The new rules of lasting weight loss in 2023, it’s pretty simple: eat less and move more. But first, figure out what your ideal weight should be – though don’t pick a random number on the scales or force your body to fit into an unrealistic ideal sold to you via Instagram. Instead, try (harder) to love and accept your body (that’s body positivity).
Oh, and have you tried intuitive eating?
After decades of being told how, when and what we should eat, Australia still has a massive weight problem. Two in every three adults in this country are overweight or obese, and less than seven per cent of us eat a healthy diet. Is the confusing advice to blame? Absolutely, say a bunch of experts who are fed up with the out-of-date messages of toxic diet culture.
“We’re becoming more and more obsessed with being thin… as we get fatter and fatter,” says Glenn Mackintosh, a psychologist and author of Thinsanity. “The craziest part is most weight-loss ‘solutions’ are part of the problem.”
He’s part of a growing group of doctors, nutritionists and weight psychologists who have moved beyond some of the outdated ‘truths’ that persistently hang around, like that juice-fast-cleanse book you’ve never been able to bin. If you want to truly change the way you eat, they say it’s time to go back to weight-loss school and unlearn everything you’ve been told about having a healthy body. Ready?
New rule 1: There are no ‘bad’ foods
Putting any foods on the banned list is now passé. Yes, even foods like processed meats and those cheese fries that are more cheese than potato. A sure-fire sign you’re on a ‘diet-in-disguise’ is if you’re referring to food as ‘good’ or ‘bad’, says Lyndi Cohen, a dietitian and author of Your Weight Is Not the Problem.
“Sugar and saturated fat are not the enemy. You do not need to detox. One thing you can do starting today is updating your food language,” she says. “Remind yourself: ‘I don’t need to be perfect in order to be healthy.’”
As one of Australia’s most vocal anti-diet advocates, Cohen believes that dieting itself is outdated. “Diets increase cravings for the very foods you’re trying to avoid, slow down your metabolism and make you more obsessed with eating. If you want to eat healthier, practice ‘crowding’ where instead of creating a list of foods to avoid, focus on the foods you’d like to eat more of in your diet. Naturally, you’ll crowd out the less-healthy foods with more nutritious options, without feeling deprived.”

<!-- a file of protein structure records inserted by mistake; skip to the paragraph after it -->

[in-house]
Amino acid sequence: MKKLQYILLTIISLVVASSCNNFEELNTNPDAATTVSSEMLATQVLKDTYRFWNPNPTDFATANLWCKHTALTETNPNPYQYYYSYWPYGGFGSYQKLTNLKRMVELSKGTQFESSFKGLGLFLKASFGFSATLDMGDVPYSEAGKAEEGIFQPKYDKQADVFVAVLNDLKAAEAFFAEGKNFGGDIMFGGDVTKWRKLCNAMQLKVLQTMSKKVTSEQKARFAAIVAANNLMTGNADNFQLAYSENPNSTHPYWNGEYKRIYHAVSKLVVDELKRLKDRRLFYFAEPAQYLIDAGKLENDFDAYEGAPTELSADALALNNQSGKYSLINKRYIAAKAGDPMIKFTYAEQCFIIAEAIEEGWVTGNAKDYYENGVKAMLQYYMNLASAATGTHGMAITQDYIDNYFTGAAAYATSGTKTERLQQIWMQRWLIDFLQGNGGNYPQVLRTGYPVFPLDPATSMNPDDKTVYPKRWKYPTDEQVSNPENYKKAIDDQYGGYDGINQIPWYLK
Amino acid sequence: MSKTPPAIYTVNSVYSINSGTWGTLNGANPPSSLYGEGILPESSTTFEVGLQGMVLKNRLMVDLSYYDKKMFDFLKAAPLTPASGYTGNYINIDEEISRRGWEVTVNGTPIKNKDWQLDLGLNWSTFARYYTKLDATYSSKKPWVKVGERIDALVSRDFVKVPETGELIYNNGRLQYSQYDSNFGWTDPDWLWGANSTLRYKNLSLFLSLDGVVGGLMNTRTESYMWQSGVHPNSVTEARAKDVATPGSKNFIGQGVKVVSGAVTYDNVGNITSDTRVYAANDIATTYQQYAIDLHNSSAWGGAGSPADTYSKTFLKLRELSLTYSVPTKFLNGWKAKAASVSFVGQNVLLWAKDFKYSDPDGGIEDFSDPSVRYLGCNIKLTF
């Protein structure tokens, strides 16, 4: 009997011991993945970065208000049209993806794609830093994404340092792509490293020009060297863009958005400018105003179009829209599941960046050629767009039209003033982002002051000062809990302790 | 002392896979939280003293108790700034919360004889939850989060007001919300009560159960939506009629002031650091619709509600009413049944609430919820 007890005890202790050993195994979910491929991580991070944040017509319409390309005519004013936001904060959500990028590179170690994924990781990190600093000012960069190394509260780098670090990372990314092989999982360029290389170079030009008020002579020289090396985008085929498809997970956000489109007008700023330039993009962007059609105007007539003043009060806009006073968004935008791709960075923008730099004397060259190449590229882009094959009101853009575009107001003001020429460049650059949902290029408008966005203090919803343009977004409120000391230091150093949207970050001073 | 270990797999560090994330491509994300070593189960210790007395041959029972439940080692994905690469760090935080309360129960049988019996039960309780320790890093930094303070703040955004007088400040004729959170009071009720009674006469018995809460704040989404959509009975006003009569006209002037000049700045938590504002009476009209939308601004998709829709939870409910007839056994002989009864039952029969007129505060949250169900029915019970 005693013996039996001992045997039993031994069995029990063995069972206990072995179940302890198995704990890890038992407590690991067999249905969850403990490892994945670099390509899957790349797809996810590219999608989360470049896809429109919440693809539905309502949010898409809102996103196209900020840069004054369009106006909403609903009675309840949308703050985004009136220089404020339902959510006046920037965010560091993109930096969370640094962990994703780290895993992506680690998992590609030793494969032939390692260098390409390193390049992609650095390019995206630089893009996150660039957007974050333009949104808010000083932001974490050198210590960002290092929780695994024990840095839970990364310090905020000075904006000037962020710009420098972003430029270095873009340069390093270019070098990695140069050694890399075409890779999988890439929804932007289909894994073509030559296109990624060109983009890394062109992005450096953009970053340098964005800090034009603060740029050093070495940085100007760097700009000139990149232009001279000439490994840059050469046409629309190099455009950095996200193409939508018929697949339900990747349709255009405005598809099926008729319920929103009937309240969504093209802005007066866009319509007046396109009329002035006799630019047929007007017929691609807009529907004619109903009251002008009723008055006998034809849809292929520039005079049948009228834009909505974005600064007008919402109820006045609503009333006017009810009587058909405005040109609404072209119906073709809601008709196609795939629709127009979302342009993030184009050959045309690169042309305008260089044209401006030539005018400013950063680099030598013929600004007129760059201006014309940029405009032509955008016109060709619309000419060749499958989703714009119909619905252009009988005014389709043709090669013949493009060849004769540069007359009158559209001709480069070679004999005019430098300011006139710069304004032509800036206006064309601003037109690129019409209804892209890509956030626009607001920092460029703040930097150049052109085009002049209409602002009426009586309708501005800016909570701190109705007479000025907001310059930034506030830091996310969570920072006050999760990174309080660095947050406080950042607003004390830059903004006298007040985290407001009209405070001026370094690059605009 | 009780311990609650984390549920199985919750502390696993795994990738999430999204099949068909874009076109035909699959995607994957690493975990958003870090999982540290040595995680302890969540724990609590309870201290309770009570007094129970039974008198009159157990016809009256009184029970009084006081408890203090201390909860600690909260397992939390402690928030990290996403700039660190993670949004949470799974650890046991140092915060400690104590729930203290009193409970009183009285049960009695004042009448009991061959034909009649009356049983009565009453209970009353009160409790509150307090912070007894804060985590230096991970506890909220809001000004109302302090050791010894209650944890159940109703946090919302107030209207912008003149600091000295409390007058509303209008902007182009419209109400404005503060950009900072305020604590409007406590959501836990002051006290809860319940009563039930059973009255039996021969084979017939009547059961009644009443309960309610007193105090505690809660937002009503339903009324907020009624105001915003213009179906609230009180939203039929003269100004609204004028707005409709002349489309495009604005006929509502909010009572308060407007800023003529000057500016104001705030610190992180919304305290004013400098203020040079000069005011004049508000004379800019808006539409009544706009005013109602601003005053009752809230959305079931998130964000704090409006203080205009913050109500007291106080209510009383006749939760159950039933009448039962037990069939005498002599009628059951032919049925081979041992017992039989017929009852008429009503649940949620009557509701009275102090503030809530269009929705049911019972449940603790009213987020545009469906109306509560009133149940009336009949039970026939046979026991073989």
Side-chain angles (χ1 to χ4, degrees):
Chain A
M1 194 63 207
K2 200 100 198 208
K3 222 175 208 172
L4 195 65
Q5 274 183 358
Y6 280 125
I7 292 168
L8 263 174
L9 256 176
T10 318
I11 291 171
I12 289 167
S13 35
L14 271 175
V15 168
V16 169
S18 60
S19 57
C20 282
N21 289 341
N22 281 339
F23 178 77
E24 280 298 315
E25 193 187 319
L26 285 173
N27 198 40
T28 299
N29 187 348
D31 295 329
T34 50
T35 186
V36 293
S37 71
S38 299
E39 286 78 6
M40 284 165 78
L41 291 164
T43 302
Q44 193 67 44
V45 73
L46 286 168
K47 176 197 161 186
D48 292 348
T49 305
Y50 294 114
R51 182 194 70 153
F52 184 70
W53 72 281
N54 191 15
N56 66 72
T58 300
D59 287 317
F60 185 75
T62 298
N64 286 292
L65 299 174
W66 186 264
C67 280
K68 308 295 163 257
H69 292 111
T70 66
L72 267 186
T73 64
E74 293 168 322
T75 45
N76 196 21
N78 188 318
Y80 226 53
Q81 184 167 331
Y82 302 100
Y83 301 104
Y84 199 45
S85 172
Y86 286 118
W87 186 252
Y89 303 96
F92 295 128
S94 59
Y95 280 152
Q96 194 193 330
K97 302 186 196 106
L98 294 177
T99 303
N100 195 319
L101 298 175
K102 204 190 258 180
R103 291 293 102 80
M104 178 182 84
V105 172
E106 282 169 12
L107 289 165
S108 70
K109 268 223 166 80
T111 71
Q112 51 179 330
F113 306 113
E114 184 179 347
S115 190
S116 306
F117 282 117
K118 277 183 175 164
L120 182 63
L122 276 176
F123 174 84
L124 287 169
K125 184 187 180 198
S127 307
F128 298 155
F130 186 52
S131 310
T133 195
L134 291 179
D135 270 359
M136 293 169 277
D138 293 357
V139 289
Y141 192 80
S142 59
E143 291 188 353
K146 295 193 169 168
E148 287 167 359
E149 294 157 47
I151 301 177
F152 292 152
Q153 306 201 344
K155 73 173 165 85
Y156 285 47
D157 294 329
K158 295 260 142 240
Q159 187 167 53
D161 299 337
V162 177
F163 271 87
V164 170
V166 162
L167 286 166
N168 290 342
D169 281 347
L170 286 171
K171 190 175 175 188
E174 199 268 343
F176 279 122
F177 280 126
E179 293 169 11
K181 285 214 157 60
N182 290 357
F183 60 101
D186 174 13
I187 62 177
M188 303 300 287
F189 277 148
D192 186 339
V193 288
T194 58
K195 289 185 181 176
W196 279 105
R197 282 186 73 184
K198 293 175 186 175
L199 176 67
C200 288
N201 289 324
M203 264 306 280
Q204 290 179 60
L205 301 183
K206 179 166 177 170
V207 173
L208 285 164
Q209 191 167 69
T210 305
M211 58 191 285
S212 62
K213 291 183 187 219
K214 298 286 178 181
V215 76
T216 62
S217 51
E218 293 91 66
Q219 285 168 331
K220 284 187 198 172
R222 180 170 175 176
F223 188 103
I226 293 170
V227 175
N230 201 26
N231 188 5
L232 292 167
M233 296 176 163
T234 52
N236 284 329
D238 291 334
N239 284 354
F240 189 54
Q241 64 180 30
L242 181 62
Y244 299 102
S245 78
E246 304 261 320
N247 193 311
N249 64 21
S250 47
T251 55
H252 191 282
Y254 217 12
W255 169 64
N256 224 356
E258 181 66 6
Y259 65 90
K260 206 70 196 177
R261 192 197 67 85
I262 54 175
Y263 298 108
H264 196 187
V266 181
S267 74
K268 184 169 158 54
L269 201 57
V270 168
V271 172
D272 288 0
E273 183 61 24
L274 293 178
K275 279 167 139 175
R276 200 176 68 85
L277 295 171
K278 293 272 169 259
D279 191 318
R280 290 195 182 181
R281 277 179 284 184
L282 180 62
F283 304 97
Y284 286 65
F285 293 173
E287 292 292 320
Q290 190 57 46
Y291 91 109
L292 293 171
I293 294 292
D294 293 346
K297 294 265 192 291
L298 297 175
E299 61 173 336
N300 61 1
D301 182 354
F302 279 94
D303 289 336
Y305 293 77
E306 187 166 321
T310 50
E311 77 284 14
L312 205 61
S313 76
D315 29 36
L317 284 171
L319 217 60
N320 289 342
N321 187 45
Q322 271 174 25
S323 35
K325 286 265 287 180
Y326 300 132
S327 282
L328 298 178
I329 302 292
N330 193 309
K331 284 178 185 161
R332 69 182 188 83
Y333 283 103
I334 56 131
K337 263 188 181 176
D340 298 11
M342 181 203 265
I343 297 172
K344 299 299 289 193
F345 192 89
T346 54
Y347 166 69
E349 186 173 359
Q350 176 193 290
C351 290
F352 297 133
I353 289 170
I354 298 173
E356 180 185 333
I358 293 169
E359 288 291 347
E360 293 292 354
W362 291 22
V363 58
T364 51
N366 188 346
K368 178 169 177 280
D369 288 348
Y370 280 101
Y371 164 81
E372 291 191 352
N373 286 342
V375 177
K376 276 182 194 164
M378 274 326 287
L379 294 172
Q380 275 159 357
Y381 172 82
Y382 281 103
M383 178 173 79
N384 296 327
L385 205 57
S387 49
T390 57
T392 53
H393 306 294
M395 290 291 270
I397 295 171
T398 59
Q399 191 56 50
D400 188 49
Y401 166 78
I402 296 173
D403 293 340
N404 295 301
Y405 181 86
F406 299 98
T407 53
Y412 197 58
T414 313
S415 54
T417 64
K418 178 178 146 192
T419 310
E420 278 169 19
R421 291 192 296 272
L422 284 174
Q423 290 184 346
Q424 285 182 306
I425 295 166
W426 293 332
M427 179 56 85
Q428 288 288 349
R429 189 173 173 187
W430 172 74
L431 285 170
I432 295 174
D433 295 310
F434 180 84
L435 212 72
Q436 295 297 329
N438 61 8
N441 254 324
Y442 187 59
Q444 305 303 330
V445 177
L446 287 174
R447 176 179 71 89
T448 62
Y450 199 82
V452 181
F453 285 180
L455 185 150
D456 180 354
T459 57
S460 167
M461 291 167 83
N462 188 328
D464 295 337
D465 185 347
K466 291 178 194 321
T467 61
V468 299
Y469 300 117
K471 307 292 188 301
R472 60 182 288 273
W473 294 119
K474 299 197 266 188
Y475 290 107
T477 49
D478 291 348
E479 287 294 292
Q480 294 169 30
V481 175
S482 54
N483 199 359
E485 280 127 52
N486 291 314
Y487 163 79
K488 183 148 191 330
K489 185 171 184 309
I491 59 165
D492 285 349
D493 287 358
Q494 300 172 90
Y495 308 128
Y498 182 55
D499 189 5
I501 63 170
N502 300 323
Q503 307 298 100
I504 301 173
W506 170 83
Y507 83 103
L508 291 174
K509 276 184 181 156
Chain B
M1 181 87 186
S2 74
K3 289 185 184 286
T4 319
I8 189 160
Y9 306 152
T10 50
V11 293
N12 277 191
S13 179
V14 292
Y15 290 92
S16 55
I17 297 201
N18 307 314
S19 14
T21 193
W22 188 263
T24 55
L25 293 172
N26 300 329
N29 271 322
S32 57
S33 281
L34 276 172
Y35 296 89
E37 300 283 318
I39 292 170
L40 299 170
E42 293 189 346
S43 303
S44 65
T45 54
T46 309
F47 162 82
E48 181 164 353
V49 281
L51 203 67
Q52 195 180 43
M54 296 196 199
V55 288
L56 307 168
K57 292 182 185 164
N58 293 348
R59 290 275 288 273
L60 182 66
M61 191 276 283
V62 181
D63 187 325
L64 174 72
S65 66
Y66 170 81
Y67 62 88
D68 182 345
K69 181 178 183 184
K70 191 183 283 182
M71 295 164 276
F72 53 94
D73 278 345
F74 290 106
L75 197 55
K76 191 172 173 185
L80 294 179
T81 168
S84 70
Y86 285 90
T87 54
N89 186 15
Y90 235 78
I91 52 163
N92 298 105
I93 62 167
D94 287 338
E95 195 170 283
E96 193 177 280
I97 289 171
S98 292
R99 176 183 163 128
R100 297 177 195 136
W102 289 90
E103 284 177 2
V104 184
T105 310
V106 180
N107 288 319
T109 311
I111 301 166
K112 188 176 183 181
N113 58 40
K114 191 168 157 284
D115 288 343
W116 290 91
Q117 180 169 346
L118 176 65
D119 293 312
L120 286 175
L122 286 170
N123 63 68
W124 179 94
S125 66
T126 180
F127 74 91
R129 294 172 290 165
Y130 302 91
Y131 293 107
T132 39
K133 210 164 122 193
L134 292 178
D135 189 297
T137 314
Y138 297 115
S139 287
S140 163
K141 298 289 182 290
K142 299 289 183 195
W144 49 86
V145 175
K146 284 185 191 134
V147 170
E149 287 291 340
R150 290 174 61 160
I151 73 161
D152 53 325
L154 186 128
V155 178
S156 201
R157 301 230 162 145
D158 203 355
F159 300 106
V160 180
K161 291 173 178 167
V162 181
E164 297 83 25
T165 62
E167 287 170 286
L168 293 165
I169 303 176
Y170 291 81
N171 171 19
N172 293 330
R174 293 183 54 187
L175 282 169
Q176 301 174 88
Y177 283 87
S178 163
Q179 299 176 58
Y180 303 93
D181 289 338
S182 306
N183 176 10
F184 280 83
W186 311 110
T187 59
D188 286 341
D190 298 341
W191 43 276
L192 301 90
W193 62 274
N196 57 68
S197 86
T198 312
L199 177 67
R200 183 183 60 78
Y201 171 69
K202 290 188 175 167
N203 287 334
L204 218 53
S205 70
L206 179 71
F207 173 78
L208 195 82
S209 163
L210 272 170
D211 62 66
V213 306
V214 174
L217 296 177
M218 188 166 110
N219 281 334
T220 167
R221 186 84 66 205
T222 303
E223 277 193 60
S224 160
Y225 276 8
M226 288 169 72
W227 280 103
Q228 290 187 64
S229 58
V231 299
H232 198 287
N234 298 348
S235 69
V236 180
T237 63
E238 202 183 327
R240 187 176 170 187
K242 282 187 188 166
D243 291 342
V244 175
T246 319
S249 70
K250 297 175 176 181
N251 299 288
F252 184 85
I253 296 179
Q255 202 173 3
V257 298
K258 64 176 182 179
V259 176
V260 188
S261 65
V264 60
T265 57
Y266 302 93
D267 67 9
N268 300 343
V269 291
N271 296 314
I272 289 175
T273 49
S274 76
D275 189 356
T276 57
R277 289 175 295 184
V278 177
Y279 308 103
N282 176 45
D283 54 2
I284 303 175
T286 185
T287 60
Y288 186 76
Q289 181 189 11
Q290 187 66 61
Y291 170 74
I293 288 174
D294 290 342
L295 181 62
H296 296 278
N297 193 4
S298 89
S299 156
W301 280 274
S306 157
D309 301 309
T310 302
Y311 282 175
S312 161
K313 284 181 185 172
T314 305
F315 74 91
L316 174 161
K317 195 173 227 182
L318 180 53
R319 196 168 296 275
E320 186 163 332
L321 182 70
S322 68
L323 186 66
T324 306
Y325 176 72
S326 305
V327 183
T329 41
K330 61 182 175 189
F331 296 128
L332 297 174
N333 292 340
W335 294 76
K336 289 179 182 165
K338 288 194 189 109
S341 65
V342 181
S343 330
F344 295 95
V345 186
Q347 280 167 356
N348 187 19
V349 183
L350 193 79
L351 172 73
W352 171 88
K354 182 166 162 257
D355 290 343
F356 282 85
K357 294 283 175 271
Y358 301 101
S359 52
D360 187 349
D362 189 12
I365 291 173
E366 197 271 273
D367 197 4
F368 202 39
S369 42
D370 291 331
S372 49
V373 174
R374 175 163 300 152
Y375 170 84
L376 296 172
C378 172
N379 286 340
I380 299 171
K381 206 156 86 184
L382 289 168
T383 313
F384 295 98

New rule 2: BMI is BS
The Body Mass Index (BMI) is a formula use by everyone from your GP to the World Health Organization to divide us all into some neat-sounding boxes. Calculate your weight in kilograms by your height in metres squared, and you’ll get a number. Below 18.5 means you’re underweight, between 18.5 and 24.9 is normal, 25 to 29.9 is overweight and above 30 is obese.
The problem with BMI is that it’s flawed, according to many experts. And also racist, say others. Invented in the 1830s by Belgian statistician Lambert Adolphe Jacques Quetelet, BMI ignores waist size (one indicator of health) and makes no allowance for the proportions of bone, muscle and fat in the body. It was also develope as a measure of ‘ideal weight’ for white European men, and many say it’s not always an accurate depiction of health for other demographics and races.
“BMI isn’t a useful measure of health,” says Cohen. “Old-school nutrition will tell you that you need to fall within the ‘normal’ weight range, but BMI doesn’t consider muscle mass, diet quality, mental wellness, sleep quality, fitness or any other metric.”
So how do you figure out if you could stand to lose a little weight or your body is fine as it is? “There are many [other] scientifically valid ways to measure health, such as checking in on your blood pressure, cholesterol, fitness or blood-sugar levels,” says Cohen.